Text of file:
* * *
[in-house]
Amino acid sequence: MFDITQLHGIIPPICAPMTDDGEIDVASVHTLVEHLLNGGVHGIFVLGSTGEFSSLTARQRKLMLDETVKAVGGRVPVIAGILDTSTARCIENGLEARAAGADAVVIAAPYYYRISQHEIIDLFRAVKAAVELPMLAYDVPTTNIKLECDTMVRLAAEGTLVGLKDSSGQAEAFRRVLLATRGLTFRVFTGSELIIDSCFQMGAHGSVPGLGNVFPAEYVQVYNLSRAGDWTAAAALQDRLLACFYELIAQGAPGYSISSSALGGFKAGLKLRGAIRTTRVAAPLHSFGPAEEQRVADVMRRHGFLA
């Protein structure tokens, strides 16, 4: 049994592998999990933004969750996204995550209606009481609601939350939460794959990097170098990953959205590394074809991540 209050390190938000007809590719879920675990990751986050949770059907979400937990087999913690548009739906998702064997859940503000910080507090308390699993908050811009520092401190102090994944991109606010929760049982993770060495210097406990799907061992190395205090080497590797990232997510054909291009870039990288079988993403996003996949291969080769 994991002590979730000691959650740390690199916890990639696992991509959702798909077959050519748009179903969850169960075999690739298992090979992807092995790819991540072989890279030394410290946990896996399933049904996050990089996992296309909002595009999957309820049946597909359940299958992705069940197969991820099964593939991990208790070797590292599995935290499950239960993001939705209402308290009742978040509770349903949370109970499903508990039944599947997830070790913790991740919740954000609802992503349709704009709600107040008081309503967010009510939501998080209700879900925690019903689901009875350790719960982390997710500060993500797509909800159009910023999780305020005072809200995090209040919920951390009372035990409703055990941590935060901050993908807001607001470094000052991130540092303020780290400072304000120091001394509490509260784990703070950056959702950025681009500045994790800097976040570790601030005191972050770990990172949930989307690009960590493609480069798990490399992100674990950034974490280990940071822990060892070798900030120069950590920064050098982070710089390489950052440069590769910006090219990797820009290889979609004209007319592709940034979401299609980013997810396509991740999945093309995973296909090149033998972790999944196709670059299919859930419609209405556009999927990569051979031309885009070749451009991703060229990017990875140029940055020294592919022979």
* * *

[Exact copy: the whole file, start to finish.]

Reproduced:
[in-house]
Amino acid sequence: MFDITQLHGIIPPICAPMTDDGEIDVASVHTLVEHLLNGGVHGIFVLGSTGEFSSLTARQRKLMLDETVKAVGGRVPVIAGILDTSTARCIENGLEARAAGADAVVIAAPYYYRISQHEIIDLFRAVKAAVELPMLAYDVPTTNIKLECDTMVRLAAEGTLVGLKDSSGQAEAFRRVLLATRGLTFRVFTGSELIIDSCFQMGAHGSVPGLGNVFPAEYVQVYNLSRAGDWTAAAALQDRLLACFYELIAQGAPGYSISSSALGGFKAGLKLRGAIRTTRVAAPLHSFGPAEEQRVADVMRRHGFLA
């Protein structure tokens, strides 16, 4: 049994592998999990933004969750996204995550209606009481609601939350939460794959990097170098990953959205590394074809991540 209050390190938000007809590719879920675990990751986050949770059907979400937990087999913690548009739906998702064997859940503000910080507090308390699993908050811009520092401190102090994944991109606010929760049982993770060495210097406990799907061992190395205090080497590797990232997510054909291009870039990288079988993403996003996949291969080769 994991002590979730000691959650740390690199916890990639696992991509959702798909077959050519748009179903969850169960075999690739298992090979992807092995790819991540072989890279030394410290946990896996399933049904996050990089996992296309909002595009999957309820049946597909359940299958992705069940197969991820099964593939991990208790070797590292599995935290499950239960993001939705209402308290009742978040509770349903949370109970499903508990039944599947997830070790913790991740919740954000609802992503349709704009709600107040008081309503967010009510939501998080209700879900925690019903689901009875350790719960982390997710500060993500797509909800159009910023999780305020005072809200995090209040919920951390009372035990409703055990941590935060901050993908807001607001470094000052991130540092303020780290400072304000120091001394509490509260784990703070950056959702950025681009500045994790800097976040570790601030005191972050770990990172949930989307690009960590493609480069798990490399992100674990950034974490280990940071822990060892070798900030120069950590920064050098982070710089390489950052440069590769910006090219990797820009290889979609004209007319592709940034979401299609980013997810396509991740999945093309995973296909090149033998972790999944196709670059299919859930419609209405556009999927990569051979031309885009070749451009991703060229990017990875140029940055020294592919022979």